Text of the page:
LOUISVILLE, Ky. — While many people will celebrate this weekend, for some Father's Day is not easy. A Louisville woman is about to spend her 14th Father's Day fatherless because of a crime that sheds light on Louisville's growing problem of gun violence.
"That's the first man you love so I just feel like with [my dad] that was just taken away from me," J'lan Reed said.
Reed was 10 when her father, Larry Pearson was killed in a shooting.
"I would sit on his lap, he always would want to take pictures with me and just hug on me and I really do miss that you know I really do," she said. "I have a lot of emotions running through me because I feel like [Father's Day is a day] I can't participate in," Reed said.
Reed also spends Mother's Day without her mom after she died in a homicide just two months apart from her father's murder in 2007.
Like Reed, many sons and daughters will spend this Father's Day without a dad for reasons like homicides that have already reached more than 90 in Louisville since 2021. More than 300 shootings have been reported since January 1.
"It keeps rising and it's very disappointing because you would think that after seeing a 10-year-old child and two younger siblings without no parents you would think that would kind of melt your heart," she said.
Now 25, Reed finds ways to help young people stay on track no matter what hurdle they're facing. She's on the youth advisory board at nonprofit Christopher 2X Gamechangers which promotes mentorship and education.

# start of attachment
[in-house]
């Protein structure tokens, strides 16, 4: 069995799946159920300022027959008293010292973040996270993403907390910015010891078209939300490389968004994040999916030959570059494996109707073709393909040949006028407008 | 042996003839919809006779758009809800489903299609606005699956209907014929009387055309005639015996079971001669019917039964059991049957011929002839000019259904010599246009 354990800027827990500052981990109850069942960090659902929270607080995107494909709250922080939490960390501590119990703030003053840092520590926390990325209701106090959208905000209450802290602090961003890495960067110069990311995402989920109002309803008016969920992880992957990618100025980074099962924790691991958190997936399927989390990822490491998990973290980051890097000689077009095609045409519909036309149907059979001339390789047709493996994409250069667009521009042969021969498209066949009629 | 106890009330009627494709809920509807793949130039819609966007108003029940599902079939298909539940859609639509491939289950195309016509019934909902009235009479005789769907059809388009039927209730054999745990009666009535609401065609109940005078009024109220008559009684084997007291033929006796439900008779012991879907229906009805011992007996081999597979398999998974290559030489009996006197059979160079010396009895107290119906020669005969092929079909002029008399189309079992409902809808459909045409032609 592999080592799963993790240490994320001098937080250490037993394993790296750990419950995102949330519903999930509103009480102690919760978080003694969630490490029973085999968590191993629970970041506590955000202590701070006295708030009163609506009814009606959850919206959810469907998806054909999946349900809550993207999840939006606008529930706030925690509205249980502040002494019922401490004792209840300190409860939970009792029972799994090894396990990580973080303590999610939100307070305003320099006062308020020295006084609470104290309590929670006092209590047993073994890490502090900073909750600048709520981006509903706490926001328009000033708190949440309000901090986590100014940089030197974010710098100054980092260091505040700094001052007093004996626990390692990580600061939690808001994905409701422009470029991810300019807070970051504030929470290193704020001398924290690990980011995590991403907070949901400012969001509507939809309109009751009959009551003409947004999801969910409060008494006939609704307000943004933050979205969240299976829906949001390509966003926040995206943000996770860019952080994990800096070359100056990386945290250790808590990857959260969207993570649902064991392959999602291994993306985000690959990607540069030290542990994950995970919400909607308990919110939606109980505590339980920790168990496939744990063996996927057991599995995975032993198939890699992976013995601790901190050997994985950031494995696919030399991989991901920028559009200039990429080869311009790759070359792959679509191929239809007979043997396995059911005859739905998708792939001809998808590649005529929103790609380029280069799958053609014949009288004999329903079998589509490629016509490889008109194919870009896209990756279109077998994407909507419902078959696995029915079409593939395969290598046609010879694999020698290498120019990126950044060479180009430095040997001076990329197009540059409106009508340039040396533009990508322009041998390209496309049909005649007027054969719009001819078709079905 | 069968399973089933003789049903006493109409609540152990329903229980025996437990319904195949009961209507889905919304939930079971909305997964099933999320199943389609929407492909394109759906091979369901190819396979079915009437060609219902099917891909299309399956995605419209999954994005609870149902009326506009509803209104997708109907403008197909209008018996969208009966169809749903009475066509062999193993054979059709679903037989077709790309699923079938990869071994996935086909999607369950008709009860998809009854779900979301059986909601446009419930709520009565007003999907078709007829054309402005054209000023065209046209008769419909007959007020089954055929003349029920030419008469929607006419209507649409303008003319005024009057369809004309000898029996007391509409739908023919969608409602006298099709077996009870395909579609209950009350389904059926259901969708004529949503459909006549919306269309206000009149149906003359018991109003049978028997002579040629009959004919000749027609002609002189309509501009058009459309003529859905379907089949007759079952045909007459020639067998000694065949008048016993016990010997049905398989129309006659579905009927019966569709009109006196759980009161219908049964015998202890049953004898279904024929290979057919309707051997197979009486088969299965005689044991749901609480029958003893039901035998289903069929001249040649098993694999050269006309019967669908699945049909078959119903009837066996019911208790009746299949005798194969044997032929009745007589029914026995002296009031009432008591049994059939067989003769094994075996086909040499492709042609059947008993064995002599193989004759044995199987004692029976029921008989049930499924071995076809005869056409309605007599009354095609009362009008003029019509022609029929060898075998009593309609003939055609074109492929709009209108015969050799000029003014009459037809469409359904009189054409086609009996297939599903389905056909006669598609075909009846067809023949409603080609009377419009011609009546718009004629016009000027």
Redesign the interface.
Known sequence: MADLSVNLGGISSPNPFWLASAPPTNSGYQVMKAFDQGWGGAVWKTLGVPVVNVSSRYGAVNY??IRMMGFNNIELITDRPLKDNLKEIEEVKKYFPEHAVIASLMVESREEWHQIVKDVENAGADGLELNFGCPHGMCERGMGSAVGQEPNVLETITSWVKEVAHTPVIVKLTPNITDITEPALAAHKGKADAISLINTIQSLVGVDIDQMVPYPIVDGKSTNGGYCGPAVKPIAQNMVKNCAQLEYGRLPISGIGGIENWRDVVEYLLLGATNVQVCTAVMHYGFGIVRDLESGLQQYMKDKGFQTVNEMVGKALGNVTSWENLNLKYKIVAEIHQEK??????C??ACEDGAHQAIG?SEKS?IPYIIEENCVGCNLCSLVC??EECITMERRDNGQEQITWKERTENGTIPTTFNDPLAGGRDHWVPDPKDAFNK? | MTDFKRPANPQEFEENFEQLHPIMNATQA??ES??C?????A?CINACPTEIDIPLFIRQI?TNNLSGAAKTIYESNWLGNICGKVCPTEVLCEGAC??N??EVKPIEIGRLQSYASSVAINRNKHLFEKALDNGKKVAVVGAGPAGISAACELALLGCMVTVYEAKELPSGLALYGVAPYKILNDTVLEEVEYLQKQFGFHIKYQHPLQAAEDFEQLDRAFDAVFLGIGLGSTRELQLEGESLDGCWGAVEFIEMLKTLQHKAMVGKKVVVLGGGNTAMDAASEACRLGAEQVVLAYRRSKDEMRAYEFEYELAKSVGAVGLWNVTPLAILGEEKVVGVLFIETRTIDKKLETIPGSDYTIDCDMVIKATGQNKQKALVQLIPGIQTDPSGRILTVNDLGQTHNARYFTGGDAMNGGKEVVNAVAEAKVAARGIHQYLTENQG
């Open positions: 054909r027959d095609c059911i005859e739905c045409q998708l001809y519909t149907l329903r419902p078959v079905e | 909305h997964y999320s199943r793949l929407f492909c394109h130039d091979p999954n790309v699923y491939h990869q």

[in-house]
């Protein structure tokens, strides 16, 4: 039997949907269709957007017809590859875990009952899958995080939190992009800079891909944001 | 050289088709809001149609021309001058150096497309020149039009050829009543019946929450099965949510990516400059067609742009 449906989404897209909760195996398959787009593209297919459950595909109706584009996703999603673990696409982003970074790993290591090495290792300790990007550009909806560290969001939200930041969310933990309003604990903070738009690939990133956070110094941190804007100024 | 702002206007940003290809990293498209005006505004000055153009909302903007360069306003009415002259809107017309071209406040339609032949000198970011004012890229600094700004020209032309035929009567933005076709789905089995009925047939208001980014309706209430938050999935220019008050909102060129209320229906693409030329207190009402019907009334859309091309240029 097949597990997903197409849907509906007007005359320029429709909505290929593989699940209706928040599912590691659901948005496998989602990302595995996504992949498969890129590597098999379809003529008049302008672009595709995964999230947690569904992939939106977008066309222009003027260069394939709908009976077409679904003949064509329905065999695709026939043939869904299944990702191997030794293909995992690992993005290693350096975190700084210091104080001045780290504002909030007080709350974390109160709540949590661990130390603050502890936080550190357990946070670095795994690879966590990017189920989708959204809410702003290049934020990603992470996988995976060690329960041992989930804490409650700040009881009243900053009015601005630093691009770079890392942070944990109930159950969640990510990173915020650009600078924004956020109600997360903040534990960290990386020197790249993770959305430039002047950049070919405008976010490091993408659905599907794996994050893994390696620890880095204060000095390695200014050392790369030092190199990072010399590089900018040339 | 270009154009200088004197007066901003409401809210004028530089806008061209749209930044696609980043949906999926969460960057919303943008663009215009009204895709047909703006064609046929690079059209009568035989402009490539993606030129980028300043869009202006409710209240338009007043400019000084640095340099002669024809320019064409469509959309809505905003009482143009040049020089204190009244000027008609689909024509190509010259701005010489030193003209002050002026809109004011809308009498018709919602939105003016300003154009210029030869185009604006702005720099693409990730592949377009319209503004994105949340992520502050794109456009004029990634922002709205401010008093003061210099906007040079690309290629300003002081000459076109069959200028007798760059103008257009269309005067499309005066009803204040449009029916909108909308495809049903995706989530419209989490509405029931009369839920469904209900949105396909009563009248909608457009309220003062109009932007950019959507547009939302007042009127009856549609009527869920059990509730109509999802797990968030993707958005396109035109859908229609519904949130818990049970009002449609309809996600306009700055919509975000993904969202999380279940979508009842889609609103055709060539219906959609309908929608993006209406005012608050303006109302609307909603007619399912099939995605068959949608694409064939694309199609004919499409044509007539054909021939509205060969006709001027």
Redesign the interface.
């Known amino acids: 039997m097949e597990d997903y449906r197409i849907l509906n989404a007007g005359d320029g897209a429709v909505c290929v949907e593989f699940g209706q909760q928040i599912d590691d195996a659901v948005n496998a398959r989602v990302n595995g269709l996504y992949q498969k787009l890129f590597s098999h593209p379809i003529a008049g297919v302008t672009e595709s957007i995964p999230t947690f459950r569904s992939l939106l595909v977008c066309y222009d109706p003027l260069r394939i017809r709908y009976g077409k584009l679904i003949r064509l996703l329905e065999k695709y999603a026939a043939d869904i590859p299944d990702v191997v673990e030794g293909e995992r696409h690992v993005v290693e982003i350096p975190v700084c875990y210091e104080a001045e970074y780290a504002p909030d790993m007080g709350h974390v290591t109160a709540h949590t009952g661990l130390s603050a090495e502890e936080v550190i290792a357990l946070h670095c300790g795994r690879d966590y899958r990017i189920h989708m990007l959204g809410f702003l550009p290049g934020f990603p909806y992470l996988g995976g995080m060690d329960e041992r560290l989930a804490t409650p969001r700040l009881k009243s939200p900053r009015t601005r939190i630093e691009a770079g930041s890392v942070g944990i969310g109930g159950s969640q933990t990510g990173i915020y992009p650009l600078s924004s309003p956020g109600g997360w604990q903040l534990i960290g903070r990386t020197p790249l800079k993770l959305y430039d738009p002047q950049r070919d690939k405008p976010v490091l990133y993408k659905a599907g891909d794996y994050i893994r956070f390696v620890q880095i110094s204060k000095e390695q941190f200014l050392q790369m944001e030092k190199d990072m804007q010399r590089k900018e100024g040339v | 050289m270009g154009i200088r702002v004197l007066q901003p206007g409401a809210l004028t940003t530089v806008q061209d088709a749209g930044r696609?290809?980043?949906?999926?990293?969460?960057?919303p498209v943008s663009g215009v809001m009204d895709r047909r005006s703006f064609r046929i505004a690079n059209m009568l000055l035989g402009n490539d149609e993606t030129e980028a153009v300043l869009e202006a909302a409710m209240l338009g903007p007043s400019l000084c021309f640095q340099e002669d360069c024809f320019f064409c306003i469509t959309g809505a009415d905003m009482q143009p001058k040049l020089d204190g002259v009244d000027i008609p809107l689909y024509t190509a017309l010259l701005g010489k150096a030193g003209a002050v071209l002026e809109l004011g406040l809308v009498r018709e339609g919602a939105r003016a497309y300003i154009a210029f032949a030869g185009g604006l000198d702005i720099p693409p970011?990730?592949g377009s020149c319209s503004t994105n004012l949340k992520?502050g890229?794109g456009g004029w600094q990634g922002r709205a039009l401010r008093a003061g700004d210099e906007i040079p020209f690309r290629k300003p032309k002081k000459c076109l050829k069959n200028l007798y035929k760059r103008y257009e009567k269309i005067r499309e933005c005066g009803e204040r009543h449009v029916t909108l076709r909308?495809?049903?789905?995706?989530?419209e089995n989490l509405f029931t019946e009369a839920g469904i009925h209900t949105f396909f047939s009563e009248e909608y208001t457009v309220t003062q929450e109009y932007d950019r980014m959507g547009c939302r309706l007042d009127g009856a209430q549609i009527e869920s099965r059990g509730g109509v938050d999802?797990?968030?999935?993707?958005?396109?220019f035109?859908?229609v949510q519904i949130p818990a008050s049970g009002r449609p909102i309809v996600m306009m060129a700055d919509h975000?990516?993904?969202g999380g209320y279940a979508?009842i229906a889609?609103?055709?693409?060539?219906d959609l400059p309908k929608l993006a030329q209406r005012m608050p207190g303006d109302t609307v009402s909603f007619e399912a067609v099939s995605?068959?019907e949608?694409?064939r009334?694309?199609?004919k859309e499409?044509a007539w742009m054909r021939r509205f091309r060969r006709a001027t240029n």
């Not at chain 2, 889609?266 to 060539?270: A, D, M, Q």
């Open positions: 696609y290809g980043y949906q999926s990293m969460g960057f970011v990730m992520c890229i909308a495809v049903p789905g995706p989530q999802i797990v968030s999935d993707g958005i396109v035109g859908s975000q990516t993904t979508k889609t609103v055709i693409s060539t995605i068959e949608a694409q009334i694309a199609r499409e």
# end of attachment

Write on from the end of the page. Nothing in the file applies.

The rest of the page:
"It was already embedded in me, it was something natural reaction was to love through all of the trauma I've experienced," Reed said.
She shares her story to show others in her shoes that tragedy to transformation is possible.
"Like you're still worth something," Reed said. "You still have something here on this earth to accomplish."
Reed has recently graduated from cosmetology school.
"When you're doing hair you're the closest to [your clients'] ears so you're able to see and interact with them, and I get to hear their stories because when you're in my chair it's about you," she said.
It's only the beginning of a bigger dream to lift up others.
"I didn't go through all of those things just to keep it and harbor it to myself," Reed said. "God used me so therefore I can help somebody else whom do not know God or whom do not know any other option."
Reed said she hopes to become a hairstylist in the future and do ministry work to support other victims of violence.